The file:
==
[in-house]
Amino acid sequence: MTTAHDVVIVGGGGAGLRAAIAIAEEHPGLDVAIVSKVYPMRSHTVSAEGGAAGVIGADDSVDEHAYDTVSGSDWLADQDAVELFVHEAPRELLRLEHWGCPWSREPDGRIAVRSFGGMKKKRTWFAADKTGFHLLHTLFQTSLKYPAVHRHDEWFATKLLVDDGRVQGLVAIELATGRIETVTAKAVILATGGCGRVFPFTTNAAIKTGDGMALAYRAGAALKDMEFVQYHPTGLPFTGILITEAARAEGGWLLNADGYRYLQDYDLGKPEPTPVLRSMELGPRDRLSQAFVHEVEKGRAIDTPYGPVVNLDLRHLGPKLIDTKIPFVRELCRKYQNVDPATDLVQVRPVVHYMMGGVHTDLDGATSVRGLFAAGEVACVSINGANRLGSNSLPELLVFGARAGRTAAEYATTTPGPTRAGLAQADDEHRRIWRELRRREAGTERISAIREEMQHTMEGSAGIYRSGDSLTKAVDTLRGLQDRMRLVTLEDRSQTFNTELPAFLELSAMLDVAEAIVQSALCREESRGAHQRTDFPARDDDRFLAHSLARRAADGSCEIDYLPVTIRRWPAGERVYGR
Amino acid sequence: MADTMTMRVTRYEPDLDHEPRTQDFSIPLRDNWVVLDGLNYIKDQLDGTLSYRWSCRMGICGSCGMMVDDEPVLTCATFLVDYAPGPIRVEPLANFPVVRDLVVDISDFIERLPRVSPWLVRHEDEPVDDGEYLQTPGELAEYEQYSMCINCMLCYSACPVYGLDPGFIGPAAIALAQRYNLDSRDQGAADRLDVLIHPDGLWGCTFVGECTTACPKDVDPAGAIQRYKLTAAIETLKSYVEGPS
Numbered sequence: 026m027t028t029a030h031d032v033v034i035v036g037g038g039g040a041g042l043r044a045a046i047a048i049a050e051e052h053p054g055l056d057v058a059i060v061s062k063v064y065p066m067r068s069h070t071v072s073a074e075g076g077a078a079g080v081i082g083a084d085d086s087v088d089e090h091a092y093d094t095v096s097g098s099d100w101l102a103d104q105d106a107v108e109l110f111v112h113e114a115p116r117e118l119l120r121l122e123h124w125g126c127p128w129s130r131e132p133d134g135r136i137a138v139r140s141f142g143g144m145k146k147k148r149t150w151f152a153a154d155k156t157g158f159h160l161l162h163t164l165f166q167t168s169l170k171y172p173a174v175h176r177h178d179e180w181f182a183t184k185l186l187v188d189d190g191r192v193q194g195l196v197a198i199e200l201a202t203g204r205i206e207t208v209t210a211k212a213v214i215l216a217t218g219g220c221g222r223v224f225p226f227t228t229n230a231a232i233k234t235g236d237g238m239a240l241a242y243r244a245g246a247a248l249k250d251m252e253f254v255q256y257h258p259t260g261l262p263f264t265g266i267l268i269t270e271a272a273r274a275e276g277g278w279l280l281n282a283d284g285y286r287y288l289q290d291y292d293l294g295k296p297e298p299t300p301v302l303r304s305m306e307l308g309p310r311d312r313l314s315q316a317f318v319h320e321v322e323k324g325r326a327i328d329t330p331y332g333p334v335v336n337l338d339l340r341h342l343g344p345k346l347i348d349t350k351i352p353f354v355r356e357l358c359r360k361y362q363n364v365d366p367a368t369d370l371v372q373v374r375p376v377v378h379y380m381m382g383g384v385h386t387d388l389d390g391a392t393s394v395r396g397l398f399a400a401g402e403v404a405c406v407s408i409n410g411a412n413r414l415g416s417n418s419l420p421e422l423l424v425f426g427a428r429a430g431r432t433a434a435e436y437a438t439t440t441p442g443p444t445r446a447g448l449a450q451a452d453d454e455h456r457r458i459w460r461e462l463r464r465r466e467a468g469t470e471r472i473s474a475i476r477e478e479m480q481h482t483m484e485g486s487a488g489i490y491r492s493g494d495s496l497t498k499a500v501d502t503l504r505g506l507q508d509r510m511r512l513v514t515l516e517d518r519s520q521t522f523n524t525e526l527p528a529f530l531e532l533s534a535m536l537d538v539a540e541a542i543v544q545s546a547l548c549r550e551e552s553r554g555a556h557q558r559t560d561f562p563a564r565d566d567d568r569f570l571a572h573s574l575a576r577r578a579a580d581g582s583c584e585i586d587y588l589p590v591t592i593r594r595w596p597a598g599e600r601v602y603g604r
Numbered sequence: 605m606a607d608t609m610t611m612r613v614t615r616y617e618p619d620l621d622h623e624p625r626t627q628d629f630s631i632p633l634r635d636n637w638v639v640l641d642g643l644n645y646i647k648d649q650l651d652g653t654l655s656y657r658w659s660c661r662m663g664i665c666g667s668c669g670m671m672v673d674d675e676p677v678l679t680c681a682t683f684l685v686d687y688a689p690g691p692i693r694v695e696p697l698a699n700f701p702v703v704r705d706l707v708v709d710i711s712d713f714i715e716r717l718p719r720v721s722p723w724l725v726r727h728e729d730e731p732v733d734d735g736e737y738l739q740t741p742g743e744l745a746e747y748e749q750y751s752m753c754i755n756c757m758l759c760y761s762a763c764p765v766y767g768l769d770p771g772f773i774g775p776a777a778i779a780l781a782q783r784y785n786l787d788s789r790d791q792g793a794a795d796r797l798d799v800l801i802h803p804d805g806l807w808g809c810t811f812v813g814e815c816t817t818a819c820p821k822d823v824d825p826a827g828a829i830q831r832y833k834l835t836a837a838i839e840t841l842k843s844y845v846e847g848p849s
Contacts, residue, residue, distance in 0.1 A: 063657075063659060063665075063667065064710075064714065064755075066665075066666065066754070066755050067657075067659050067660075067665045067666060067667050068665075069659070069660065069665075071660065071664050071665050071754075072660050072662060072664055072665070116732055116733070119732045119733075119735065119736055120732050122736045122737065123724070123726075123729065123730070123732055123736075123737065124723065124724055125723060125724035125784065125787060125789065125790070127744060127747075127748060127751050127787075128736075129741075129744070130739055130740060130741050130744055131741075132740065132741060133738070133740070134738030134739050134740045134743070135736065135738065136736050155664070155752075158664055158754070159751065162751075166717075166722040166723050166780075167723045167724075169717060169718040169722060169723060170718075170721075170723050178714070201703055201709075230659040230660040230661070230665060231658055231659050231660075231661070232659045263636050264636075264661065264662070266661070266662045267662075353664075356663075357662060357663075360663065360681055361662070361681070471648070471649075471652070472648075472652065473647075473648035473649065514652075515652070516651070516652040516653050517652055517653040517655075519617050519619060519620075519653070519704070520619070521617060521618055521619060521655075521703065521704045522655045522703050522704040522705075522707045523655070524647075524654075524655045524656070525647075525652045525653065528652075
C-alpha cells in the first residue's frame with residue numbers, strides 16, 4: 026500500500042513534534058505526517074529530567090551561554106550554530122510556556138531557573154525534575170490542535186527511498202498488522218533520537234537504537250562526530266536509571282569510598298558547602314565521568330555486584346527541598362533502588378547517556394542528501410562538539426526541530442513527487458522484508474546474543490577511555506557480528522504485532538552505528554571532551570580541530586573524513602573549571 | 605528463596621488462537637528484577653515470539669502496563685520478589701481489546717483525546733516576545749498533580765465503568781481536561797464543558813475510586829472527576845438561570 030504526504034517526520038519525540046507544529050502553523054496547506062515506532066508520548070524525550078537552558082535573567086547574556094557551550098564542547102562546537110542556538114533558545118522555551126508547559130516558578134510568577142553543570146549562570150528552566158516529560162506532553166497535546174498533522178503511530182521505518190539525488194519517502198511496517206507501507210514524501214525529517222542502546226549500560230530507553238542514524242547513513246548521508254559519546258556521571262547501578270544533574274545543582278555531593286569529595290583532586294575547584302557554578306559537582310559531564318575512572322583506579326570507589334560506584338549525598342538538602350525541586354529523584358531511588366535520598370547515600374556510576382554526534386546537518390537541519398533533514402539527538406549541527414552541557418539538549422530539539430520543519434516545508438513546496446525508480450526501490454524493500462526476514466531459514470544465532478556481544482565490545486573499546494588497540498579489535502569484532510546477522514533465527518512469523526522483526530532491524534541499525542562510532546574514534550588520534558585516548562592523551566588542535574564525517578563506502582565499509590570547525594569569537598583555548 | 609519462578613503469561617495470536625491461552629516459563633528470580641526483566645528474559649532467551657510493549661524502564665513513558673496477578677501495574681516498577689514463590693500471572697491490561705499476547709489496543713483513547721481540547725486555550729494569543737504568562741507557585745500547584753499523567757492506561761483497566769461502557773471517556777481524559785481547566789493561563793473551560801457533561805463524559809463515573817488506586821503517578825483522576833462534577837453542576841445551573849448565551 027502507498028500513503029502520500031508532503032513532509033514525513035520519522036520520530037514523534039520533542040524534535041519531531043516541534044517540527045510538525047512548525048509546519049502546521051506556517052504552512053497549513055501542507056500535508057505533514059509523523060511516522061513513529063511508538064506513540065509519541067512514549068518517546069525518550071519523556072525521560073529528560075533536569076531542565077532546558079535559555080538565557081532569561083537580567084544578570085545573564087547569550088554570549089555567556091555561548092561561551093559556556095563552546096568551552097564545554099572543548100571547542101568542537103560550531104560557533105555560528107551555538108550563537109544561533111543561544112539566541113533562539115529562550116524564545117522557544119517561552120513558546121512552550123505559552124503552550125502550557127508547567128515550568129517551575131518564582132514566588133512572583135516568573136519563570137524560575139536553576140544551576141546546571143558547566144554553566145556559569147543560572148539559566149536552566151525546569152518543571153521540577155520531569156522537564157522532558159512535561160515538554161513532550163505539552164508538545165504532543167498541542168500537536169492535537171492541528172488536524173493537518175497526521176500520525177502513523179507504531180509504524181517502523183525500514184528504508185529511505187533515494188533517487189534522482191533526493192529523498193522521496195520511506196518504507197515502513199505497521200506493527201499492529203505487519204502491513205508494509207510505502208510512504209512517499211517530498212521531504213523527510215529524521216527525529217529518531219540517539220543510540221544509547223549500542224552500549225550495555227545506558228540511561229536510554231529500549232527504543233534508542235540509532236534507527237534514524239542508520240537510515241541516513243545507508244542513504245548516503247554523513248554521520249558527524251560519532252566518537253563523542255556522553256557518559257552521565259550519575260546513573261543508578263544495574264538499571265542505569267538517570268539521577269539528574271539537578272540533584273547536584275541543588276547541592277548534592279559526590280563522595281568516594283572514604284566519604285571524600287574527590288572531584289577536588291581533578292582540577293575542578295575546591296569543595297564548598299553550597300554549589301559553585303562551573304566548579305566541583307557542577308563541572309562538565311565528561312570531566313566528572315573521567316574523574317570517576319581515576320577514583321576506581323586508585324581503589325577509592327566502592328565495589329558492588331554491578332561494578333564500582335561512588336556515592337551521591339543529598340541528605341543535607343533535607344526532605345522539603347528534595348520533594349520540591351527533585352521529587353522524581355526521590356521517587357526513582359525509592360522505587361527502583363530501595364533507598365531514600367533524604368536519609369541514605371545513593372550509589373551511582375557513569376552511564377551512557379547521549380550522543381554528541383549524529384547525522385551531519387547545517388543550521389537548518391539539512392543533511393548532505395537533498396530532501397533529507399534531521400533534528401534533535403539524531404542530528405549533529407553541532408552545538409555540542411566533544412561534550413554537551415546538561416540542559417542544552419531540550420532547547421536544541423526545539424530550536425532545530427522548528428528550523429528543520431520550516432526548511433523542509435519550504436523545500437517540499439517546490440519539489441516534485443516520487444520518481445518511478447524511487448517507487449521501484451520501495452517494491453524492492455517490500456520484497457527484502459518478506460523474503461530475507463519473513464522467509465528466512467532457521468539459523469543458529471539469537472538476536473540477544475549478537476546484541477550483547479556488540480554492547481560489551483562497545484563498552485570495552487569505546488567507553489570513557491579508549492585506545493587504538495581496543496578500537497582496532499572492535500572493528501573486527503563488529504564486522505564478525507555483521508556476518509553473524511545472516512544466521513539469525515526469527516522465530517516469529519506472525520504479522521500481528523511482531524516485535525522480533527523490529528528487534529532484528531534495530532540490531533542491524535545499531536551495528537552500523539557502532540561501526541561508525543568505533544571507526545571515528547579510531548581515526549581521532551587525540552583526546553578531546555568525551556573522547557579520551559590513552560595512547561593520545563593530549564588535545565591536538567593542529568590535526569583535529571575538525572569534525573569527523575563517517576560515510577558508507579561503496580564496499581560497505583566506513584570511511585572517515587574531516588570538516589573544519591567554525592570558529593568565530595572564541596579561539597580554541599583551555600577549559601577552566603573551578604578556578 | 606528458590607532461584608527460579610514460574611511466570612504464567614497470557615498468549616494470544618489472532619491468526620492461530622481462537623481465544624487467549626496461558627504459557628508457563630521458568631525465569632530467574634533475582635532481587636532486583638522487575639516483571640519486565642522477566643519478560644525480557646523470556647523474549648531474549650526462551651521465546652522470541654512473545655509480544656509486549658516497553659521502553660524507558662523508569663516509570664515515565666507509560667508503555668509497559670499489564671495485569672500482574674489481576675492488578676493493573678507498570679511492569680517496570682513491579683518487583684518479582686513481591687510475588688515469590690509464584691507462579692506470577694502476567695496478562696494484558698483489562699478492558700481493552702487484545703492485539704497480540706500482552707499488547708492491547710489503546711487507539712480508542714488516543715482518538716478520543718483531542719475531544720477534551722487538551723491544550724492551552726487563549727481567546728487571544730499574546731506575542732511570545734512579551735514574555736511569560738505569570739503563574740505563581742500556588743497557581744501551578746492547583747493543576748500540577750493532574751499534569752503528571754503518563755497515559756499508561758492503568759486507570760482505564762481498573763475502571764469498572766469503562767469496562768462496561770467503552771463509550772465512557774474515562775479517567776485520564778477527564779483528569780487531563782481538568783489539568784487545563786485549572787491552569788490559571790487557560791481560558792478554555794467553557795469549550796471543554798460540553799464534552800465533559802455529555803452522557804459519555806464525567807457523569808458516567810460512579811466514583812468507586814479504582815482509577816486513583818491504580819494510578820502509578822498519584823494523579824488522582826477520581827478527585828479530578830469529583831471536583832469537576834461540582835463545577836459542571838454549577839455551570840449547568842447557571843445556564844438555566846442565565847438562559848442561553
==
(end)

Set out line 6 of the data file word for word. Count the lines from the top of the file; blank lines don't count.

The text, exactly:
Contacts, residue, residue, distance in 0.1 A: 063657075063659060063665075063667065064710075064714065064755075066665075066666065066754070066755050067657075067659050067660075067665045067666060067667050068665075069659070069660065069665075071660065071664050071665050071754075072660050072662060072664055072665070116732055116733070119732045119733075119735065119736055120732050122736045122737065123724070123726075123729065123730070123732055123736075123737065124723065124724055125723060125724035125784065125787060125789065125790070127744060127747075127748060127751050127787075128736075129741075129744070130739055130740060130741050130744055131741075132740065132741060133738070133740070134738030134739050134740045134743070135736065135738065136736050155664070155752075158664055158754070159751065162751075166717075166722040166723050166780075167723045167724075169717060169718040169722060169723060170718075170721075170723050178714070201703055201709075230659040230660040230661070230665060231658055231659050231660075231661070232659045263636050264636075264661065264662070266661070266662045267662075353664075356663075357662060357663075360663065360681055361662070361681070471648070471649075471652070472648075472652065473647075473648035473649065514652075515652070516651070516652040516653050517652055517653040517655075519617050519619060519620075519653070519704070520619070521617060521618055521619060521655075521703065521704045522655045522703050522704040522705075522707045523655070524647075524654075524655045524656070525647075525652045525653065528652075